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Peanut Butter Apple Cookies

Aug
1

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I’m a big fan of cookies (who isn’t?) and I make batches almost every week for workshops. I made these peanut butter apple cookies for this past weekend and they were a big hit. Peanut butter and apples are a natural combination–think of dipping a slice of apple into a jar of peanut butter! And yet you rarely see them together otherwise. But why not? I took my favorite peanut butter cookie recipe and added some fresh diced apple. Moist, delicious, perfect.

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How to make Peanut Butter Apple Cookies:

1/2 cup butter
1/2 cup peanut butter
1/2 cup sugar
1/2 cup brown sugar
1 egg
1/2 teaspoon baking soda
1/2 teaspoon baking powder
1/2 teaspoon vanilla
3/4 cup diced fresh apple (peeled and cored)
1 1/4 cups flour

Beat butter and peanut butter together with all the ingredients except the apple and flour. Stir in apple then stir in the flour. Wrap and chill dough for about an hour or until easy to handle. Shape into balls and place on a cookie sheet. Bake at 375-degrees about 8 minutes or until lightly browned.

Makes about 3 dozen cookies (depends on size of cookies).
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These cookies are so easy, so good, and with just that little twist of something different to your average peanut butter cookie to make them special.

See this recipe at Farm Bell Recipes and save it to your recipe box.
See All My Recipes
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Posted by Suzanne McMinn | Permalink  

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The Breaking Point with Bread

Jun
15

Bread, beautiful bread.
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Back in medieval times, there was one person in the village who had an oven. This was the baker. (Baker, and incidentally, Baxter, are occupational surnames that come from this practice.) But, something more comes out of this history, and that’s the slashing of bread. You know, those pretty slash marks that are mainly seen on rustic or bakery-style breads. Interestingly, these are often considered “fancier” breads today–when in fact it comes out of low-income village functionality where everyone didn’t have their own oven. And, after all, people didn’t want anyone else’s nasty ol’ bread back. They wanted their own bread back. So when they took their bread to the baker, they marked it with their own unique slash. I always explain this history at workshops where we’re doing bread baking because in that setting, I’m the baker, they’re the villagers bringing their bread to me to put in the oven in the studio. They want their own bread back, not someone else’s.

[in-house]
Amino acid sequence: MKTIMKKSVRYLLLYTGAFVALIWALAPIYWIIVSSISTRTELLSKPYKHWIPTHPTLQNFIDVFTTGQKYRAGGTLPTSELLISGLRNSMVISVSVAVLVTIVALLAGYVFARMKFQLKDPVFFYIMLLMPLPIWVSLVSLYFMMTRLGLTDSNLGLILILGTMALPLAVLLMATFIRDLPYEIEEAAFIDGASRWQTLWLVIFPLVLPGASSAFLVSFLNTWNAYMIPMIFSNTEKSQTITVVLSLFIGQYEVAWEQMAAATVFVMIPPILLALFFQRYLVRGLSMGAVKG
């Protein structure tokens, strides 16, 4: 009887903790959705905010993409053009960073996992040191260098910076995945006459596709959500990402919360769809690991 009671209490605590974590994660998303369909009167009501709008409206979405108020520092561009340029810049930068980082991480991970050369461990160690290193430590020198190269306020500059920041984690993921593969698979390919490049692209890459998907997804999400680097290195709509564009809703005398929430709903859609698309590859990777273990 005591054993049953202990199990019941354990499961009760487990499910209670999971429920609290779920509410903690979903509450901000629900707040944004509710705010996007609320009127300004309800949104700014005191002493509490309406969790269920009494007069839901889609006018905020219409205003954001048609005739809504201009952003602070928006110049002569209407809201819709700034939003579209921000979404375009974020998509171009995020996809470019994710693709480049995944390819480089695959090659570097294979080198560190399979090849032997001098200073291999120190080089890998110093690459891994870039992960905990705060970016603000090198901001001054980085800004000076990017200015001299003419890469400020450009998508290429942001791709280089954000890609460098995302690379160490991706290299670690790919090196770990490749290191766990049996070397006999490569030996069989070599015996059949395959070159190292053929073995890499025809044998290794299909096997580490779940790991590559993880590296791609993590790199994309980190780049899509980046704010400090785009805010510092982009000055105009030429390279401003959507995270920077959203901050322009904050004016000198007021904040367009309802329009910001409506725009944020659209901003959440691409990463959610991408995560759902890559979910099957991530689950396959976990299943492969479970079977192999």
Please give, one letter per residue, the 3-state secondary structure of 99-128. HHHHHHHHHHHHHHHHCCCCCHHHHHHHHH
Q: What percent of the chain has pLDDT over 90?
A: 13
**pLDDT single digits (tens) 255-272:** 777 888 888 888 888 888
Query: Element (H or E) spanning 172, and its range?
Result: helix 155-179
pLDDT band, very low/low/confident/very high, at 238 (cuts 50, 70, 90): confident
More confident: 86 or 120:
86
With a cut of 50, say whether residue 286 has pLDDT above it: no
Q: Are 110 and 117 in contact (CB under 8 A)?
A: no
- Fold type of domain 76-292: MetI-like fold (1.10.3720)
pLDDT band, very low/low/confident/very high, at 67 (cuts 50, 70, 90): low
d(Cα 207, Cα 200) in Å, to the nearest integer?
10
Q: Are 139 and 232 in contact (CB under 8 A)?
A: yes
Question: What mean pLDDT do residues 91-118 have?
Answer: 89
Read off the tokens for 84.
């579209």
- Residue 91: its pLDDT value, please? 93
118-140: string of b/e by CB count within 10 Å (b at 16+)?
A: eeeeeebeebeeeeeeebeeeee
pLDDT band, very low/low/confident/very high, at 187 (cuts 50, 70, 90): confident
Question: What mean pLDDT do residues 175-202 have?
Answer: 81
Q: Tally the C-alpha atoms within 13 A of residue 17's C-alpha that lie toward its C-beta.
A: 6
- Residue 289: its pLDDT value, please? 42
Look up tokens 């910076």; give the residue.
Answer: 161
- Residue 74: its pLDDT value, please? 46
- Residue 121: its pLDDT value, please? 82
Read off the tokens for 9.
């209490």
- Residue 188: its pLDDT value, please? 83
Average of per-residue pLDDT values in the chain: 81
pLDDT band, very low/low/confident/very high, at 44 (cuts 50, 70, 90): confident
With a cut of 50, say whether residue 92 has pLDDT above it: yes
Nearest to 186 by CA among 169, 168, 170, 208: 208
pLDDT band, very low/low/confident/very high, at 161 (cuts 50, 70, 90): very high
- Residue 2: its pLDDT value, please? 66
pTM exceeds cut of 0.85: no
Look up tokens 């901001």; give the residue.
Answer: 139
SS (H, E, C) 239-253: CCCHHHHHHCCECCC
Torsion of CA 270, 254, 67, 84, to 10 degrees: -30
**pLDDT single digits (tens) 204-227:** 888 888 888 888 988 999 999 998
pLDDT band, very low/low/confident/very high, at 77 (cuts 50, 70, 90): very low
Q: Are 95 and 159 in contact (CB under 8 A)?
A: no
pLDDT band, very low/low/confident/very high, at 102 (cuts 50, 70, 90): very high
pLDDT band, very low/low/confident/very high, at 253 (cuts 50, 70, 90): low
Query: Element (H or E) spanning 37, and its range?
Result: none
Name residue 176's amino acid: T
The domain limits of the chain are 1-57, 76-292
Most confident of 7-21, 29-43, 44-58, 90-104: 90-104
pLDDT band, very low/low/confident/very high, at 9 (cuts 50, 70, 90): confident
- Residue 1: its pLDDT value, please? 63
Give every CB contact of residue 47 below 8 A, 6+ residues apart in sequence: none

However, even if you’re baking one loaf of bread just for yourself, you should still slash your bread and here’s why–oven spring. What is oven spring? This is where your bread “breaks” on the sides from the quick temperature change after it’s placed in the oven. The heat creates a final bump in the rising, and the bread will seek the path of least resistance as it “springs” up. The path of least resistance is usually on the sides of the bread, which can create somewhat ugly breaks. Not that this really matters once it’s sliced up and spread with butter, but if you’re trying to develop the prettiest loaves of bread, it can be frustrating. To stop the bread from breaking, first make sure it’s fully proofed, meaning that you’ve given the bread plenty of time on its second rise before placing in the oven. Second, slash it. I’ve found the best slashing for the smoothest result is done with three slashes.
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A slash down the middle, and slashes down each side, as close to the side of the loaf pan as you can get. A sharp knife and a dusting of flour on top go a long way to make this easier to accomplish. Always slash the dough as soon as it goes into the pan for the second rise. (Obviously, if you slash the bread after the rising process has begun, you’ll deflate it.)

Homemade bread will never look “perfect” and shouldn’t.
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But with just that little bit of attention, a thing of beauty remains unbroken!

Need a bread recipe? See Grandmother Bread.

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The Slanted Little House

"It was a cold wintry day when I brought my children to live in rural West Virginia. The farmhouse was one hundred years old, there was already snow on the ground, and the heat was sparse-—as was the insulation. The floors weren’t even, either. My then-twelve-year-old son walked in the door and said, “You’ve brought us to this slanted little house to die." Keep reading our story....



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